While the stigma surrounding mental health issues has improved with time, suicide continues to be a topic filled with shame, fear, and unspoken thoughts. The potential for suicide can strike any person, family or situation, though there are specific risk factors that may increase the risk of suicide. The efforts to prevent suicide include conversations, screenings, and collaboration across professionals, caregivers, and family members.
The Center for Disease Control lists both the risk and protective factors for suicide. Suicide risk factors include previous attempts, family history of suicide, recent losses, substance and alcohol use, impulsive tendencies, and feelings of hopelessness, among other variables. The protective factors include access to mental health care, family and friend supports, and strategies for conflict resolution and problem solving. Frankly understanding those that are at risk include coming up with risk management plans, which may include inquiring about means and lethality, preventing access to medications, firearms, or other means, and strategizing to come up with supports that can keep the person at risk safe. This often includes hospitalization, where monitoring safety is included with stabilizing a persons mood and situation.
Because understanding risk factors is so important, an increasing push to include suicide risk screening assessment in primary health care settings has been a welcome change. Young adults and adolescents are particularly vulnerable to suicide, as their frontal lobe, the part of the brain responsible for foreseeing consequences and problem solving, is not yet fully developed. That is not to say that suicide is not a problem for all ages – in fact, it is one of the leading causes of death in the elderly population as well. Yet early detection and screening policies can set the stage for ongoing conversations, risk management, and suicide prevention. Additionally, this type of screening works. The policy began in behavioral healthcare settings, and suicide risk factors were more readily identified, and prevented. The movement towards a more mainstream suicide risk assessment will continue to save lives, but also will decrease the stigma of talking about suicide.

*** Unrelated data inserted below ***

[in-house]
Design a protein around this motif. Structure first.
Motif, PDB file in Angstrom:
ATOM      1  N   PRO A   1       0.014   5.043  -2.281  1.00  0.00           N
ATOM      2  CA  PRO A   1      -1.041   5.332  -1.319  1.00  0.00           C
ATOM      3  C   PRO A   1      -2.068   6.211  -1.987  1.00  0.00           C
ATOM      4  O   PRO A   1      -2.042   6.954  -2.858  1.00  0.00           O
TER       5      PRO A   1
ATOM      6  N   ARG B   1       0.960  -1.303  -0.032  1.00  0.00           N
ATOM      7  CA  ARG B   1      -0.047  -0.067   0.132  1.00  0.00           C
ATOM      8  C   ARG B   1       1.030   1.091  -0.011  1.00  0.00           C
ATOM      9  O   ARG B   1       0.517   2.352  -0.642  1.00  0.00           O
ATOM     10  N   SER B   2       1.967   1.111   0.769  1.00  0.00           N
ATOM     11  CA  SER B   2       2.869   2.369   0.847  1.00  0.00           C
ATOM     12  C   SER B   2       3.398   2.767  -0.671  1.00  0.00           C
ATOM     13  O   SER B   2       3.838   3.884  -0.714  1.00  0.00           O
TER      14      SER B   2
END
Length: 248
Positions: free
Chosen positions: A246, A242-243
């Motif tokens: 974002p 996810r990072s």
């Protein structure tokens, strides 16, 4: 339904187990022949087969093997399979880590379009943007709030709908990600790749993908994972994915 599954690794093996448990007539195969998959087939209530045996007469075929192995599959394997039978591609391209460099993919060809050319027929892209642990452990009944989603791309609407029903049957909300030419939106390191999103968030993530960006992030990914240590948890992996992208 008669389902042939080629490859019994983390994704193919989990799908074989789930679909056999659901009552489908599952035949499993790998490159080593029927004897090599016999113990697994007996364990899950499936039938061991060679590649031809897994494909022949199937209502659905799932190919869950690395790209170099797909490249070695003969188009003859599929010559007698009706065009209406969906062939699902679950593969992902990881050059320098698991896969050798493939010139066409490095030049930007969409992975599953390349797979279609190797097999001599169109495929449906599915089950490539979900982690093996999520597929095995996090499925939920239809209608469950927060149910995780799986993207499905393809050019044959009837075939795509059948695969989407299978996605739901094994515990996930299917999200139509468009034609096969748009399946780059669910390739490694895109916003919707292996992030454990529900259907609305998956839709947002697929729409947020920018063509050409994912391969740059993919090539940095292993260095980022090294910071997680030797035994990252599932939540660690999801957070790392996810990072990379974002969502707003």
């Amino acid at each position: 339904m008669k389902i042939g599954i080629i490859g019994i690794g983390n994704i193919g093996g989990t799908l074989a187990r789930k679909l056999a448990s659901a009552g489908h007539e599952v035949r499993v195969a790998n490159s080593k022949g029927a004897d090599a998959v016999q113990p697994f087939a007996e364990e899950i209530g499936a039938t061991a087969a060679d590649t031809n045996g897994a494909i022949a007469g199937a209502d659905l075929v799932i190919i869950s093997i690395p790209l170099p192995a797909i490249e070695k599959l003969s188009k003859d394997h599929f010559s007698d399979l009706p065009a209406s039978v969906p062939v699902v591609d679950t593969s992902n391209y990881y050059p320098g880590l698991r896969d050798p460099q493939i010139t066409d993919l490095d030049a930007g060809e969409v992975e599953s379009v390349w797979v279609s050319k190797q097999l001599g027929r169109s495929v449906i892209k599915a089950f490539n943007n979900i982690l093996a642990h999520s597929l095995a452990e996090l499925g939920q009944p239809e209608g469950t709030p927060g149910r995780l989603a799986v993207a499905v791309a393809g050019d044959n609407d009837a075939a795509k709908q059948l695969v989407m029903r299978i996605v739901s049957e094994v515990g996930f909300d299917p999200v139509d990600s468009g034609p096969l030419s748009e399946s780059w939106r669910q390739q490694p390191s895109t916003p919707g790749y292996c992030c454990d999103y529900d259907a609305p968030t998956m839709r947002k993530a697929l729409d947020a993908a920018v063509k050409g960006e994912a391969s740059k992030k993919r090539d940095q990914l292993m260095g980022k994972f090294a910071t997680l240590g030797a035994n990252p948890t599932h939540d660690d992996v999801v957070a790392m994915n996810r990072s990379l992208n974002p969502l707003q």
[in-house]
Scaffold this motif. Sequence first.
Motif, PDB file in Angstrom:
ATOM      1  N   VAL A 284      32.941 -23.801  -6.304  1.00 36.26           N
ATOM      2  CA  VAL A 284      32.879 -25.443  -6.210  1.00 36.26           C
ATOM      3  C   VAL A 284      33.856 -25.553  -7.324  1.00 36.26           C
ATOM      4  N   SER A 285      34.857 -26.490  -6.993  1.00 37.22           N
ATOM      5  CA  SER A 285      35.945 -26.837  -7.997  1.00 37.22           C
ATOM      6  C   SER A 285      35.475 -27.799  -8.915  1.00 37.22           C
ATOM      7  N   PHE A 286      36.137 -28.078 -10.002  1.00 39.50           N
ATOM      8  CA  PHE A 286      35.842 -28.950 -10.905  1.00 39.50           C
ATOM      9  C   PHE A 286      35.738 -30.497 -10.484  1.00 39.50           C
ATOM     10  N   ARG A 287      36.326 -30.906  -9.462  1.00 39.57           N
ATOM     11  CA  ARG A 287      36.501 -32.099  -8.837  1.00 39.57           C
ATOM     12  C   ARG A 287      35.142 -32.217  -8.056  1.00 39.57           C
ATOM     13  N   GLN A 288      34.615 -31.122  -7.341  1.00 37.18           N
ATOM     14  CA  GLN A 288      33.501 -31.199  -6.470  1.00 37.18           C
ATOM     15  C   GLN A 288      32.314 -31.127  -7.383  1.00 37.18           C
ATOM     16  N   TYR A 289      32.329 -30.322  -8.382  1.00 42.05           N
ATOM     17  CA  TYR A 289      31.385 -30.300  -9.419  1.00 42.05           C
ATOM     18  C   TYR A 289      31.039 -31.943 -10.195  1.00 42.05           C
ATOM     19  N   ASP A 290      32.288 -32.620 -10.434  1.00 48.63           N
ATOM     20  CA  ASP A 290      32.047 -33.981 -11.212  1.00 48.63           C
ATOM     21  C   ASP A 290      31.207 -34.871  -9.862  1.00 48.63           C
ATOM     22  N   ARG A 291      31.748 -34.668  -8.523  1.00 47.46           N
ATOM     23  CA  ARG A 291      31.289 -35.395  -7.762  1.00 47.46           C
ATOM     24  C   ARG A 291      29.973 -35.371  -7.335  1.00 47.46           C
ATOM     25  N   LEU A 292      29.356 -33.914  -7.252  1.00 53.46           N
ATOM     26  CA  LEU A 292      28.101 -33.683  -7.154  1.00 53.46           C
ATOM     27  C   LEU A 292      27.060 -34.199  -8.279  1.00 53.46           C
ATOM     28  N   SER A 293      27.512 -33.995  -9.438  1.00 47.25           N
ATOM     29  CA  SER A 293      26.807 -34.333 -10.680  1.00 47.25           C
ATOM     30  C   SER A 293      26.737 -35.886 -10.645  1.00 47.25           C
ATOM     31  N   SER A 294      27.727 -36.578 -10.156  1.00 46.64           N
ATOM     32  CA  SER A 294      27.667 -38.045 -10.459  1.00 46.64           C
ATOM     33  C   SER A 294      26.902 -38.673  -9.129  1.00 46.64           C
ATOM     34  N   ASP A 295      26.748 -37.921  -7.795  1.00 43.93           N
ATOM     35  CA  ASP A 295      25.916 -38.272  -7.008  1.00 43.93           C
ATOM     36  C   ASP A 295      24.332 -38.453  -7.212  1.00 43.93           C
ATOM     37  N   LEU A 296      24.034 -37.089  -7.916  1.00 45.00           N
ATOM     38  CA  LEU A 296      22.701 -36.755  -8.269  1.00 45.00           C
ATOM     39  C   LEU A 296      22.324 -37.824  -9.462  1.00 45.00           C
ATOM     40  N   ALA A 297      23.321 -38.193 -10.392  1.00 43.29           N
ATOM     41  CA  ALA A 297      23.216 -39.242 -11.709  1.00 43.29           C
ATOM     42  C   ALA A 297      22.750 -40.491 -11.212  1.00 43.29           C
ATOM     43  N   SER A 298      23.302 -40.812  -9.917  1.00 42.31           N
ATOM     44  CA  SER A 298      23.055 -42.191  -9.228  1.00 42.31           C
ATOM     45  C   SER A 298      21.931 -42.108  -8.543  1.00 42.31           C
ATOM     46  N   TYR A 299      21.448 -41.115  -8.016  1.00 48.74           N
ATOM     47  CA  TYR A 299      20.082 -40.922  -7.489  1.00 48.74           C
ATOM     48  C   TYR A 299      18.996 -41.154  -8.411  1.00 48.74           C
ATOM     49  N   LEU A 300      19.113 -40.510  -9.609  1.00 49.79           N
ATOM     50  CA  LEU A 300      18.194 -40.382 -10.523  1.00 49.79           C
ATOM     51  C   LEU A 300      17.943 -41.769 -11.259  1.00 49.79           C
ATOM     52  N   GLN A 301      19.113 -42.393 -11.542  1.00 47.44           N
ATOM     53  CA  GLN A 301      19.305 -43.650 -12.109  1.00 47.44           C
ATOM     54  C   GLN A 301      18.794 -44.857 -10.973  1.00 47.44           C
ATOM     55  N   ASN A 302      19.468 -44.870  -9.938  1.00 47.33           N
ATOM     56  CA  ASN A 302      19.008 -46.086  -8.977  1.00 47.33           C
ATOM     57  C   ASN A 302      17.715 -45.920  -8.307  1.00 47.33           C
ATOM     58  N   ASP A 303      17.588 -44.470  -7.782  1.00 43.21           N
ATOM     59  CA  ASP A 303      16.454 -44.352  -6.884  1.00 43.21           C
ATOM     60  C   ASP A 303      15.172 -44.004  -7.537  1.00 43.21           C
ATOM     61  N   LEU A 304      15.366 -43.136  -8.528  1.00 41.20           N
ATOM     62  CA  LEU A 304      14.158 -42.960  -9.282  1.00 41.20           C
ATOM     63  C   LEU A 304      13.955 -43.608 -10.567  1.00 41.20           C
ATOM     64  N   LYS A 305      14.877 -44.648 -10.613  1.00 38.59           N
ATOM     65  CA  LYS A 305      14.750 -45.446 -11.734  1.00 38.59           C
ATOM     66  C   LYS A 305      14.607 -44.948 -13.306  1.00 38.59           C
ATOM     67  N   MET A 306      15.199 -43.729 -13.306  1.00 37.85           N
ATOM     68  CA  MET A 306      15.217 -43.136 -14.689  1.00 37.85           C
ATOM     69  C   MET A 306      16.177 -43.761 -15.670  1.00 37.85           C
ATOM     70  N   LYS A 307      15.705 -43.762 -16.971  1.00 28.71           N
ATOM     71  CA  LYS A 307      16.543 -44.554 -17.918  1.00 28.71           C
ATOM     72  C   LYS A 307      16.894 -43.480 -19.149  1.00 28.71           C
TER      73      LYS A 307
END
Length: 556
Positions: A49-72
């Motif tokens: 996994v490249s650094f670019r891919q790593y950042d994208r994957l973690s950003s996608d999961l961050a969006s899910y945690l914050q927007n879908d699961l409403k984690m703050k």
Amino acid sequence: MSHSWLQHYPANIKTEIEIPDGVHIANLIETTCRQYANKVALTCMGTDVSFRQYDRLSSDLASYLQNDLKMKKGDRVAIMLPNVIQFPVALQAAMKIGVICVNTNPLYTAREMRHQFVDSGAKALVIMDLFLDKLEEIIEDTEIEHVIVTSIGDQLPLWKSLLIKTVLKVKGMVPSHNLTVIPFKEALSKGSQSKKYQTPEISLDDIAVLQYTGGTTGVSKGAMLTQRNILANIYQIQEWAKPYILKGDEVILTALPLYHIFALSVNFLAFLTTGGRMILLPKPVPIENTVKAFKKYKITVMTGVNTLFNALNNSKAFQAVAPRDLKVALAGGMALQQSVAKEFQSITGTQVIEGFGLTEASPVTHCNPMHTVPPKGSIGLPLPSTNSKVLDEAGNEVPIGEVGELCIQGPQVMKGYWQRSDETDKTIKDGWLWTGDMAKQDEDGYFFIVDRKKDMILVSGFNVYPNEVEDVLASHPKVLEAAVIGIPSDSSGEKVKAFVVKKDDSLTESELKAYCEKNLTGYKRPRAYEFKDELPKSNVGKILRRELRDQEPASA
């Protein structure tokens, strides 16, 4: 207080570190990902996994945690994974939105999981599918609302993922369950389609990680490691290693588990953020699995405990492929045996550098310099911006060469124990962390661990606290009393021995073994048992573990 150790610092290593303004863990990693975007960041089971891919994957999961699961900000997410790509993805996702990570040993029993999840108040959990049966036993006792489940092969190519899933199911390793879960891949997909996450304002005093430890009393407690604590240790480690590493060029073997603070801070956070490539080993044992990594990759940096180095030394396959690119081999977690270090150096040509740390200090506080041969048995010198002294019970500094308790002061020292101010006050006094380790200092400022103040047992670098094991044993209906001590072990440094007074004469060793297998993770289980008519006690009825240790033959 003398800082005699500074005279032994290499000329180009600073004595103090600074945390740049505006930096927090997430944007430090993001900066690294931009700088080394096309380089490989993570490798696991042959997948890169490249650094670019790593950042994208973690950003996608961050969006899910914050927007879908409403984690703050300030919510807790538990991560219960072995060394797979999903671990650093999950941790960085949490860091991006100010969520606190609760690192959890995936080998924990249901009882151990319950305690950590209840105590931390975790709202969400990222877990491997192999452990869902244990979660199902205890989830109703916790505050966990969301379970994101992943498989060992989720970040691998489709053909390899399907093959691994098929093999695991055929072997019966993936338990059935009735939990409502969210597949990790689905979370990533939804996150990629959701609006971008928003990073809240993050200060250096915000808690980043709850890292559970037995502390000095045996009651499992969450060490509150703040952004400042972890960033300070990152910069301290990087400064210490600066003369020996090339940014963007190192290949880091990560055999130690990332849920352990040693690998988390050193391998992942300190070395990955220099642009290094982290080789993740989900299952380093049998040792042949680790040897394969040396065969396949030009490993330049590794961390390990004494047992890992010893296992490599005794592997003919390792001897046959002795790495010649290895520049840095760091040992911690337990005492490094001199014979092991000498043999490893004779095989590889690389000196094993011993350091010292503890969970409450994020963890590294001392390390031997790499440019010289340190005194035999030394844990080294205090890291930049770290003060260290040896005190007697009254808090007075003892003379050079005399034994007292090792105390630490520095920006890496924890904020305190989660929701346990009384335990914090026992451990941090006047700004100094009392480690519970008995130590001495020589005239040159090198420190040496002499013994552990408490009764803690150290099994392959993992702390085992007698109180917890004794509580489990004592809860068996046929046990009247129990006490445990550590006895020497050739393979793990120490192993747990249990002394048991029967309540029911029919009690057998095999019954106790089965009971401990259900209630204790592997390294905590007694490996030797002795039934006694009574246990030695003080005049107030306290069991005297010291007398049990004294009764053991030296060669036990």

Many people avoid talking about suicide because the topic is so scary. Adults may worry that asking questions about a child or adolescent’s suicidal ideation may put ideas into their head. However, for truly suicidal children, they already had the idea, and being seen and heard comes as a relief, as they genuinely want help. For a child who isn’t suicidal, asking about these types of thoughts would be considered ridiculous, and they easily move on. These children also go to school with other children, and it is often peers who will alert their teachers and other familiar adults when a friend starts talking about death, or not wanting to live anymore. Helping a child or teen recognize these warning signs empowers them, and continues to work on globally preventing suicide.
It helps also to know exactly what to do if someone mentions not wanting to live anymore. In a true emergency, calling 911 or visiting the nearest emergency room is the fastest, most effective way to save a life. Stay connected, and have open conversations. Meet them with empathy and compassion, and avoid minimizing, or reassuring that “It will all be just fine.” This can feel quite invalidating to a person feeling suicidal. Encourage mental health care, and offer to drive, or go with them to an initial appointment which may feel overwhelming in this current distress. Suicide is scary, but with early intervention, care, and ongoing conversation, more suicides can be prevented, and more lives can be saved.